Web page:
-On Fremont, Stoddard had as many as 700 sheep.

-Stoddard also bought a L.C.V.P. war surplus landing craft to use to reach Fremont from Promontory Point too.

-Stoddard was nicknamed “Utah’s Flying Shepherd” by Western Livestock Journal, because of airlifting in supplies food to his sheep. He would drop a 200-pound load of corn-bean pellets from his plane daily for 2 months to bring 800 sheep through a critical period.

-He also lost horses in the lake’s quicksand:  “To stand there powerless and watch those helpless horses disappear into the quicksand. After that I used a boat,” Stoddard once said.

-Arrowheads, platters, plates and a tablet with strange writing wee all found by Earl Stoddard, cousin to Charles Stoddard, on Fremont Island.

-In 1960, the grass on Fremont gave out and Stoddard had to fly food in 120 straight days by plane.

-By 1961, the lake had dropped so low that 100 lambs waded out in the lake  waters and were lost. Soon after a windstorm at the Ogden airport destroyed his airplane, tethered there.

-Another time a lightning storm caught Fremont Island on fire and he had to move his sheep to Carrington Island for a season.

-In one of the “Phantom coyote hunting photos, 1844 to 1944 is painted on rock above and below the Fremont cross.

-May 4, 1956, fire damages Lucin Cutoff trestle and closed it for several hundred feet. Charles Stoddard’s barge was used by firemen to spray water on the smoldering trestle.

-Feb. 27, 1969. High winds damaged the causeway tp Antelope Island and cut a breach 200 feet wide 3-4 feet deep

 (All this information from Jewell Kenley’s scrapbook of Stoddard, a relative of hers.)

Wednesday, October 15, 2014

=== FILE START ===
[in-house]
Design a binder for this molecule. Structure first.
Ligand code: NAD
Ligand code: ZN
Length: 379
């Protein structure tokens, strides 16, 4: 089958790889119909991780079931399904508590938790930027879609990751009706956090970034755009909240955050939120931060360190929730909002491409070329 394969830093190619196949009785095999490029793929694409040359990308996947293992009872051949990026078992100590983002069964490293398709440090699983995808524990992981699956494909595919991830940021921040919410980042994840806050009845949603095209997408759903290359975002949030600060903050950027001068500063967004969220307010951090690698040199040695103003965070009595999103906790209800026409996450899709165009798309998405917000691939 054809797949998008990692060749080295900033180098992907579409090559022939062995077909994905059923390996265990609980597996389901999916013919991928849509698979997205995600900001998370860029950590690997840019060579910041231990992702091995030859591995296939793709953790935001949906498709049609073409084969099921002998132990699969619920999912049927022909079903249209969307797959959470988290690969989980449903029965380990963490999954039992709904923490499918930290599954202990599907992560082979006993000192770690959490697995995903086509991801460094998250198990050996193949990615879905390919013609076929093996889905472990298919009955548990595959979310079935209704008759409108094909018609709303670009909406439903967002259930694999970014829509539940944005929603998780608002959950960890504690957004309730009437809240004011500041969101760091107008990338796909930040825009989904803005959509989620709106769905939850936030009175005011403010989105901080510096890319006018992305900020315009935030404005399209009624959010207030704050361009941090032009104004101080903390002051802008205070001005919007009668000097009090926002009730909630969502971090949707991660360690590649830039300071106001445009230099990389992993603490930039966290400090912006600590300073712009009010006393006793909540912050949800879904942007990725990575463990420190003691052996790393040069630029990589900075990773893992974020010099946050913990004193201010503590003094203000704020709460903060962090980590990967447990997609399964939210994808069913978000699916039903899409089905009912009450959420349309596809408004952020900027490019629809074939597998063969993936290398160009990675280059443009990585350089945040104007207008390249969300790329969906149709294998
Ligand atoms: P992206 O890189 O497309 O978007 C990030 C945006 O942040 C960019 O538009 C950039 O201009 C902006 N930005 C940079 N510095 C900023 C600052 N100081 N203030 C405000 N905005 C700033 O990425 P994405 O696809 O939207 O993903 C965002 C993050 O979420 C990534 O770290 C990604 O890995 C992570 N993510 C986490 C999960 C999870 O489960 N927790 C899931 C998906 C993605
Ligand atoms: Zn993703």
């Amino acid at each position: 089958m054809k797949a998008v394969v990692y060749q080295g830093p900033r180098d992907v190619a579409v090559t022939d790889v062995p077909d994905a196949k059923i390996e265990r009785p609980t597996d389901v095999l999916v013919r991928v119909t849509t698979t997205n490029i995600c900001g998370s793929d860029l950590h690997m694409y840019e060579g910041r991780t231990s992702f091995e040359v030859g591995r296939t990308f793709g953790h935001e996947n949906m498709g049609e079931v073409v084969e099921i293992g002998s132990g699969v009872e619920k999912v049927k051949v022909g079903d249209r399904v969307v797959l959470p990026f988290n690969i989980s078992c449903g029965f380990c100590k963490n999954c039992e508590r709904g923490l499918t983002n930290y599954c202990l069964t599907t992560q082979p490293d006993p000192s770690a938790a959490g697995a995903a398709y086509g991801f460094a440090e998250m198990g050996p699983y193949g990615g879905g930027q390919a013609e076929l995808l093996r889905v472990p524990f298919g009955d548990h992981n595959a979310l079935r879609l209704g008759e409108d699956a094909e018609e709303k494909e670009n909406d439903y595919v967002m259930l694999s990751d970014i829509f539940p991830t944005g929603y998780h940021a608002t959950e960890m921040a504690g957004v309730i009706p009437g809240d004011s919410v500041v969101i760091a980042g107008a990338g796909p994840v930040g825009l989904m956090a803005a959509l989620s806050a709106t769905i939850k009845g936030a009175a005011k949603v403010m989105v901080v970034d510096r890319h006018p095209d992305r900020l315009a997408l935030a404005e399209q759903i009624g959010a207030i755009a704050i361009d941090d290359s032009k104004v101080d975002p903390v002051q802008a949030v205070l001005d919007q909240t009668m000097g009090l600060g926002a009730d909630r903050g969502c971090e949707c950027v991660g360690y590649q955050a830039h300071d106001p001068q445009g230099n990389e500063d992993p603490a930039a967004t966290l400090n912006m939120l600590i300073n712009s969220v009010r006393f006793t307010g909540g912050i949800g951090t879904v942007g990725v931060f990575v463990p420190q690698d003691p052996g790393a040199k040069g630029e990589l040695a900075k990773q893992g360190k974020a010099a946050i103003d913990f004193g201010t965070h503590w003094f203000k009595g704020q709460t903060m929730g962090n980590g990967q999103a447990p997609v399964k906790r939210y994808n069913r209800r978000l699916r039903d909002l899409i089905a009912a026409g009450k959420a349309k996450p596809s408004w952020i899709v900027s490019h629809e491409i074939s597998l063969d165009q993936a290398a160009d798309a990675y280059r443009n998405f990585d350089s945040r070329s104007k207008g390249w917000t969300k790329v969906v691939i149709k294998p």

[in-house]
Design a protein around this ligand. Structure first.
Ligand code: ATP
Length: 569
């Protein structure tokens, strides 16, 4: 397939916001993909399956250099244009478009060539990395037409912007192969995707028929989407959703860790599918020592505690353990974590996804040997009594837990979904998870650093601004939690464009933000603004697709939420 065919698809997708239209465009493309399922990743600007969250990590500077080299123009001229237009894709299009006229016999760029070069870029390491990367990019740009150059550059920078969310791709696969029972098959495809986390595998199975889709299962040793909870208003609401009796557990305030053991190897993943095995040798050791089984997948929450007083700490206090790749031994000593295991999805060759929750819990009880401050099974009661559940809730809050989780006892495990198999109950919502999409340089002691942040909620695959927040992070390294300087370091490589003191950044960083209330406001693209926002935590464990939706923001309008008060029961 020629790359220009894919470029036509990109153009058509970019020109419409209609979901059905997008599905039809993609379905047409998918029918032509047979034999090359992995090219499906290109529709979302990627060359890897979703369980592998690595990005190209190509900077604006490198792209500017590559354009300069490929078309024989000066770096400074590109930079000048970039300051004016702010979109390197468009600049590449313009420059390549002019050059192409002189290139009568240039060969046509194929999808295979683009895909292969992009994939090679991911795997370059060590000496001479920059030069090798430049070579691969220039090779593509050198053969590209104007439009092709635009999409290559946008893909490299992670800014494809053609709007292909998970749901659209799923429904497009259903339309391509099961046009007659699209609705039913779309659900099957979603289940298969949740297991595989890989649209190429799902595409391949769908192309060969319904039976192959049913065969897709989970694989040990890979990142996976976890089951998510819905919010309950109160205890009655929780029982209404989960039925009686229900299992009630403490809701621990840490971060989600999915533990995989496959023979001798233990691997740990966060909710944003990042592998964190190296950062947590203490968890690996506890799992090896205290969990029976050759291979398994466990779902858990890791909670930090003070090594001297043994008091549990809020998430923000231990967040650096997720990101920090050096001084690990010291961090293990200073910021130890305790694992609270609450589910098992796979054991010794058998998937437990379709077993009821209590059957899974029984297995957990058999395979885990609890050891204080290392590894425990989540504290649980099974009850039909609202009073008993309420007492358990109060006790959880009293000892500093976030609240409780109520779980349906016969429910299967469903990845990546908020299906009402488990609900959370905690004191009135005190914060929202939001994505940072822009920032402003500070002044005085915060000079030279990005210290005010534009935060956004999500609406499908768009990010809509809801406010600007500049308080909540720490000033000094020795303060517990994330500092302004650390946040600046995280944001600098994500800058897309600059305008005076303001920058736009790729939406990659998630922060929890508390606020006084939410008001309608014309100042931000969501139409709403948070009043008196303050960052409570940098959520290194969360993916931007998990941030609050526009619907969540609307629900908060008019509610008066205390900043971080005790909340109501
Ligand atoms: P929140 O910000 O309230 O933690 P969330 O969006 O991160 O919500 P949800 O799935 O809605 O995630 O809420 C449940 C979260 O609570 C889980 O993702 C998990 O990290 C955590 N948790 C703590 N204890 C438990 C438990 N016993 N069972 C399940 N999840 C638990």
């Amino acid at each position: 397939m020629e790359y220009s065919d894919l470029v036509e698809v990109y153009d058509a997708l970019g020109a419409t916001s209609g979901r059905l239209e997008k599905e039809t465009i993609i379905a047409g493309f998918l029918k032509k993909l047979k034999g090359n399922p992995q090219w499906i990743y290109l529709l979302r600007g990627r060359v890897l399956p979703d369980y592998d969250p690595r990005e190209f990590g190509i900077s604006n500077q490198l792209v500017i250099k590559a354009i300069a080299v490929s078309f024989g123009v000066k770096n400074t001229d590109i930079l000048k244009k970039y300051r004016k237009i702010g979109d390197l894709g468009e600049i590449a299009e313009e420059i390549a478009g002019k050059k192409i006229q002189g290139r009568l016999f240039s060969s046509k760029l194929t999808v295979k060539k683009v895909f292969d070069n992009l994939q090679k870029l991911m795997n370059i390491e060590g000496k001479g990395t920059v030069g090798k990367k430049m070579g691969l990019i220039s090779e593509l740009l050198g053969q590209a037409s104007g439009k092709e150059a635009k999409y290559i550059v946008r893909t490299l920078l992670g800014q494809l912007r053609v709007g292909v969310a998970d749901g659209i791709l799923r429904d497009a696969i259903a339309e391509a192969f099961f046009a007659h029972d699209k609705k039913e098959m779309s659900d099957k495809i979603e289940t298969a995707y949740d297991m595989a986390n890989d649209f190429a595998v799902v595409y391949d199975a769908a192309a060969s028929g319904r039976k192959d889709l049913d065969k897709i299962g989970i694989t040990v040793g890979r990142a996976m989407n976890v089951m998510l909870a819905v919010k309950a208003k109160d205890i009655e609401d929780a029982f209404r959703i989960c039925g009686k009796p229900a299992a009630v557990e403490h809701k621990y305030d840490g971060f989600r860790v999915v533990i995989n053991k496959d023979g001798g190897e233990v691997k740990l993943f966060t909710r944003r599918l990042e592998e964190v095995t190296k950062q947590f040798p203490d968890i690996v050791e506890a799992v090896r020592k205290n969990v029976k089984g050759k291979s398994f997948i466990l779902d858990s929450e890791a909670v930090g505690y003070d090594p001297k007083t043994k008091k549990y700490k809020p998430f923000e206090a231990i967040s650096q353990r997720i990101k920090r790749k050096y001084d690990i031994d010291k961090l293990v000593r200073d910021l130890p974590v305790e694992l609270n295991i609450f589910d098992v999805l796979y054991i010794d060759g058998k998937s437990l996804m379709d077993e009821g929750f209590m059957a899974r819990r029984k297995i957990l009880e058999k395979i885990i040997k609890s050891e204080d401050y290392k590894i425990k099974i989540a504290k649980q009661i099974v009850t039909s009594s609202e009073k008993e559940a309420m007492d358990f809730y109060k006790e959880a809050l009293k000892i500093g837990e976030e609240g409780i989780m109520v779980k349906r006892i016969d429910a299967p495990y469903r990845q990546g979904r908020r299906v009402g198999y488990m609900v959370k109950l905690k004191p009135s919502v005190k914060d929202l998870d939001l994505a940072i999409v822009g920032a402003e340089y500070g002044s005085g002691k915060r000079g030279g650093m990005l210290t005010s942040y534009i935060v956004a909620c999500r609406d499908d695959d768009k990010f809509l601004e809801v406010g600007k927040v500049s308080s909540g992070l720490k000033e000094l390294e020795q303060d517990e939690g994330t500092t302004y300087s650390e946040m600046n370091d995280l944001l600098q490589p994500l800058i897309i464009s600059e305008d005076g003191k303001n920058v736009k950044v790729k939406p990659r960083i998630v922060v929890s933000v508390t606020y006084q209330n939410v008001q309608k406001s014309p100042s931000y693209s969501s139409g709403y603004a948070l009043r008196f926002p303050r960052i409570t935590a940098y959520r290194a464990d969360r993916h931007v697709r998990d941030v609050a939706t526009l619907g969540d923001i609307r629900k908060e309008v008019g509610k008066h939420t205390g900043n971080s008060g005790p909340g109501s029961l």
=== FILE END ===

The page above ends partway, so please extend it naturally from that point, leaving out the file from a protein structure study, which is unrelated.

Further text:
A brief history of the Ogden Standard-Examiner


                       The current Ogden Standard-Examiner building.

By Lynn Arave

THE Ogden Standard-Examiner is Utah’s third-largest daily newspaper and the biggest north of Salt Lake City. It serves more than 60,000 print subscribers readers in the “Top of Utah” -- Weber, Davis, Morgan and Box Elder counties --  as well as many more on the Web.
The Standard officially began on Jan. 1, 1888, though its forerunner, the Ogden Daily Herald, had started seven years earlier in 1881.
Founded by Frank J. Cannon, a former Deseret News and San Francisco Chronicle reporter, the Standard, originally an evening paper, opened in the Peery Building, at 23rd Street and Washington Avenue.
Cannon vowed that the new newspaper would “endeavor to … merit the confidence and esteem of good and true men.”
He had been unable to salvage the Herald and so he purchased its presses, buildings, subscription lists and ad contracts to provide a successor with the Standard.
By 1892, the newspaper had a circulation of 1,500 copies.
A key change came along in1893, when William Glasmann, 37, took charge of the Standard after Cannon was elected a territorial delegate to the U.S. Congress.(Glasmann would later be elected as the mayor of Ogden City in 1901.)
A year later, in 1894, Glasmann purchased the Standard with proceeds from the sale of his ranch at Lake Point, west of Salt Lake. (A family ownership would prevail for almost a century.)